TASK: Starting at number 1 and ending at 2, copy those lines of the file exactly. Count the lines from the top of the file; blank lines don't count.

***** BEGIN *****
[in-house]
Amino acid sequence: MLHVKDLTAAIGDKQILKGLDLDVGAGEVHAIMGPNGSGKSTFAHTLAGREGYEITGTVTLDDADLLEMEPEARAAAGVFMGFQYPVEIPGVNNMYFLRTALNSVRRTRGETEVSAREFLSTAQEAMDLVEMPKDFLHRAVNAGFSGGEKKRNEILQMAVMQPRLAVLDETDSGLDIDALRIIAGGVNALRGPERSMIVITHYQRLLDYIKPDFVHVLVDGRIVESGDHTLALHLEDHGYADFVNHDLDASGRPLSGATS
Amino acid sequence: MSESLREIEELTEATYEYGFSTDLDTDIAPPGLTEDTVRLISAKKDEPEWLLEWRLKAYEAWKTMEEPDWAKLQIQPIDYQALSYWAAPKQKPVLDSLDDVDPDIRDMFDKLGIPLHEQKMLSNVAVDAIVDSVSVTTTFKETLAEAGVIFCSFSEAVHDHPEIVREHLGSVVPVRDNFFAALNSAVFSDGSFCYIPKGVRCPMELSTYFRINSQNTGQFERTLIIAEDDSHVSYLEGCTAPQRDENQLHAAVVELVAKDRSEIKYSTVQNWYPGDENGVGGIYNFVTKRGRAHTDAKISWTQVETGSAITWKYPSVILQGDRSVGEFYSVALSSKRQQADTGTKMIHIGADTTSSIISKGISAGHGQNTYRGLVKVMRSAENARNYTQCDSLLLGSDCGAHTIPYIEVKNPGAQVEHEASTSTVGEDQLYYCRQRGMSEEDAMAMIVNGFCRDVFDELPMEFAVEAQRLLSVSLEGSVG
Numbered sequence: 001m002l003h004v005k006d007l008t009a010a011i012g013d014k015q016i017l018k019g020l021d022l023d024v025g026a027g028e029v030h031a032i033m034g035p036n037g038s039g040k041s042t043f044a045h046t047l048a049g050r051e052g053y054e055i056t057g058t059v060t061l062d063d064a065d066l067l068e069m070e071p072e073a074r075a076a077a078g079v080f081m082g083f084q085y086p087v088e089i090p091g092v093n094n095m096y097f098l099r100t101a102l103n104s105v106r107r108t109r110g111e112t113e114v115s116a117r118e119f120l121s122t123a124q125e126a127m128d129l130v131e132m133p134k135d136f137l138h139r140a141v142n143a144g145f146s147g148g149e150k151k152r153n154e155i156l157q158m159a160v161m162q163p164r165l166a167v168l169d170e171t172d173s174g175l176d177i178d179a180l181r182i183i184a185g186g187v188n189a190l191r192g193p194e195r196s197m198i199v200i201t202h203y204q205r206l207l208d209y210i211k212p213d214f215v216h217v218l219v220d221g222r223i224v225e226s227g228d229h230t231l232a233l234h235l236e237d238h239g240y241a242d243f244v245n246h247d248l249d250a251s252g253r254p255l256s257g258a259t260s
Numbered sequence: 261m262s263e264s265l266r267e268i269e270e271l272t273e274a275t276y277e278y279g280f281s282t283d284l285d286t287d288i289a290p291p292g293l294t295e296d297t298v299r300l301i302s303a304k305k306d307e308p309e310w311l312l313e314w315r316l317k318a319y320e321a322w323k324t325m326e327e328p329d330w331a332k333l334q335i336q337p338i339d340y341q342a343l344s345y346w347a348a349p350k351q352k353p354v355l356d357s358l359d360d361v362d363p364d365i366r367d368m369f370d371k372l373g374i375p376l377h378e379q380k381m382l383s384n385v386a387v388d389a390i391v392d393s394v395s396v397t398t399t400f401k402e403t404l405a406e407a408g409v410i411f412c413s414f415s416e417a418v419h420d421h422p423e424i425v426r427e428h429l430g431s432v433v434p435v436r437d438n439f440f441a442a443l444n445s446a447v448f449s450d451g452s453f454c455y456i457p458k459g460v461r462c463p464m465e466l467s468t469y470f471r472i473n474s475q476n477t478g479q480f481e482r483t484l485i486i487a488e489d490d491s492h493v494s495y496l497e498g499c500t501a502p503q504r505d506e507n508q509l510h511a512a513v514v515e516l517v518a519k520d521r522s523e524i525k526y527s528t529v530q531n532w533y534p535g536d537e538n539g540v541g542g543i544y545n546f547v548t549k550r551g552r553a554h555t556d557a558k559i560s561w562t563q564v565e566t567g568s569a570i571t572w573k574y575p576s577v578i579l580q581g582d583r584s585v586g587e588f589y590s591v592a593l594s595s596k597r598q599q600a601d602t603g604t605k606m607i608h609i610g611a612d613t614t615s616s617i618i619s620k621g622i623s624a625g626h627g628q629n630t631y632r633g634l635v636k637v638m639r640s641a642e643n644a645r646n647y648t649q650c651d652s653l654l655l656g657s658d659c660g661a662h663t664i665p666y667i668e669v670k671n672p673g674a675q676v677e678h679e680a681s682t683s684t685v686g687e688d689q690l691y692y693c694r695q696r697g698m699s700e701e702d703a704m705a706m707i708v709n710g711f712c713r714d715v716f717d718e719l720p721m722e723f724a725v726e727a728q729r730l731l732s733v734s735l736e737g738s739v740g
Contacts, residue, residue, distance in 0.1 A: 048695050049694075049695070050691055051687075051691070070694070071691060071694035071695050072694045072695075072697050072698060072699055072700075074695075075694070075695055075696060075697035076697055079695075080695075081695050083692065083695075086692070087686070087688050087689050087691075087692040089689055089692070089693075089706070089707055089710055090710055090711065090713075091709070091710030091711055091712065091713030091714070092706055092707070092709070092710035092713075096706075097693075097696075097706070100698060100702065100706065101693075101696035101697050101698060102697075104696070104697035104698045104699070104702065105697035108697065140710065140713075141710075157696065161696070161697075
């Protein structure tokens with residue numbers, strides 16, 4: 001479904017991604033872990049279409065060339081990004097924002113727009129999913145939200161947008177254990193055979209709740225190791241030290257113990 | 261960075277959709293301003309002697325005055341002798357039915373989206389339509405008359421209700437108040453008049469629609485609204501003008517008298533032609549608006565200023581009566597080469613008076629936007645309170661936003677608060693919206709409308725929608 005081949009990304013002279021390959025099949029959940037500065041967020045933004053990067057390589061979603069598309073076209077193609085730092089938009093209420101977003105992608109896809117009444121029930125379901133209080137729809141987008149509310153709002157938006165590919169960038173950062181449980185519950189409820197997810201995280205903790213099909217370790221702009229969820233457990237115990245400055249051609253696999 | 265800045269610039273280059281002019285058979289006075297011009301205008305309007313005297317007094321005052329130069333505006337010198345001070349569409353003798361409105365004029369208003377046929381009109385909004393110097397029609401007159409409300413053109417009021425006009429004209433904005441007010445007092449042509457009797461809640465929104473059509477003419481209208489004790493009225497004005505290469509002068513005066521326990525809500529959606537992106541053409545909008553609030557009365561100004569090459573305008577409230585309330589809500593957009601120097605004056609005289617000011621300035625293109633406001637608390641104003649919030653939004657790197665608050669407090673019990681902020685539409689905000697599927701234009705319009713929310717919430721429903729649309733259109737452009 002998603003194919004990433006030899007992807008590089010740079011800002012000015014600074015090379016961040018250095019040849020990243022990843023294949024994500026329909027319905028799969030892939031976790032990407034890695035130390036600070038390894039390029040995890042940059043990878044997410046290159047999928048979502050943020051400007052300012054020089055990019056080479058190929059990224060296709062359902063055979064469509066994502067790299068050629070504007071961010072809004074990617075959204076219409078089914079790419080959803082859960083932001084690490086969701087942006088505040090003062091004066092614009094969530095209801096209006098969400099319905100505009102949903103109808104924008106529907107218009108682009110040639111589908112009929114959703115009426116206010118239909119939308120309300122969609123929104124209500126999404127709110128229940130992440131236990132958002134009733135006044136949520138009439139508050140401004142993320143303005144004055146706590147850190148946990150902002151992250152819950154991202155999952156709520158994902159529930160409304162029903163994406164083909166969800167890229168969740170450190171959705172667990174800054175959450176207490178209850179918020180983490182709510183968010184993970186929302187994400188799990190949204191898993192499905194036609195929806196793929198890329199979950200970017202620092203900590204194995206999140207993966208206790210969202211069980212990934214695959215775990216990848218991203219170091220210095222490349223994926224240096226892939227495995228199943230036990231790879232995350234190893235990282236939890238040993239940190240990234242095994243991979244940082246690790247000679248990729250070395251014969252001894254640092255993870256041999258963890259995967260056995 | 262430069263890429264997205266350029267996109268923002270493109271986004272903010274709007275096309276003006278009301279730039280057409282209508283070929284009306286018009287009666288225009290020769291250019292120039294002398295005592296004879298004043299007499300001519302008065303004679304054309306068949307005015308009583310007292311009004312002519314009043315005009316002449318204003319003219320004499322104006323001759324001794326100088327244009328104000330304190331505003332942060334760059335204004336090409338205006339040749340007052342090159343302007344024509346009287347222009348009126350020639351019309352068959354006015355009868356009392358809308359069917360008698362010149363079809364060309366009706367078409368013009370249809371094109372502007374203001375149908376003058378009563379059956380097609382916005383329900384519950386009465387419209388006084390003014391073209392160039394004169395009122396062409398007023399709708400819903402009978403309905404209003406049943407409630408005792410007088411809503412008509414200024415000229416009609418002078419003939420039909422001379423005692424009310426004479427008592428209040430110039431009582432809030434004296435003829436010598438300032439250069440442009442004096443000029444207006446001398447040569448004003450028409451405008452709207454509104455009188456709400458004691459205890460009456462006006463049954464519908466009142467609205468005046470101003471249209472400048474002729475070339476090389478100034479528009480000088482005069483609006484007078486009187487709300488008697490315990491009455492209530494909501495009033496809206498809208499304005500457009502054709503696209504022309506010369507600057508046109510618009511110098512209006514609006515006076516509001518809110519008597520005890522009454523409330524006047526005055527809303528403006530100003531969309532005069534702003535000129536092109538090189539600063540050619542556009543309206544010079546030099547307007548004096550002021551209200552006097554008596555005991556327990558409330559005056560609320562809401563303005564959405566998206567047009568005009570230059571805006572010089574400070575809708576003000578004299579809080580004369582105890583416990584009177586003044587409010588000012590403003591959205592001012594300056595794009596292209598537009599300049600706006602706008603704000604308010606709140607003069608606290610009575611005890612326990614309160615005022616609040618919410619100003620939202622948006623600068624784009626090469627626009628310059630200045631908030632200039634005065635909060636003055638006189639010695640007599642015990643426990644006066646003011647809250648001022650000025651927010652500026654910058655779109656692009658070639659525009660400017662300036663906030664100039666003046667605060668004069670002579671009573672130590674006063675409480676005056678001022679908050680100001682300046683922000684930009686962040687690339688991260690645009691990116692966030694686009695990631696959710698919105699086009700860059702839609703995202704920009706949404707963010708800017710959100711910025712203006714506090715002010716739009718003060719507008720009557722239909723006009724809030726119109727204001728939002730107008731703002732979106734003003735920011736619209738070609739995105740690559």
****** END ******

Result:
[in-house]
Amino acid sequence: MLHVKDLTAAIGDKQILKGLDLDVGAGEVHAIMGPNGSGKSTFAHTLAGREGYEITGTVTLDDADLLEMEPEARAAAGVFMGFQYPVEIPGVNNMYFLRTALNSVRRTRGETEVSAREFLSTAQEAMDLVEMPKDFLHRAVNAGFSGGEKKRNEILQMAVMQPRLAVLDETDSGLDIDALRIIAGGVNALRGPERSMIVITHYQRLLDYIKPDFVHVLVDGRIVESGDHTLALHLEDHGYADFVNHDLDASGRPLSGATS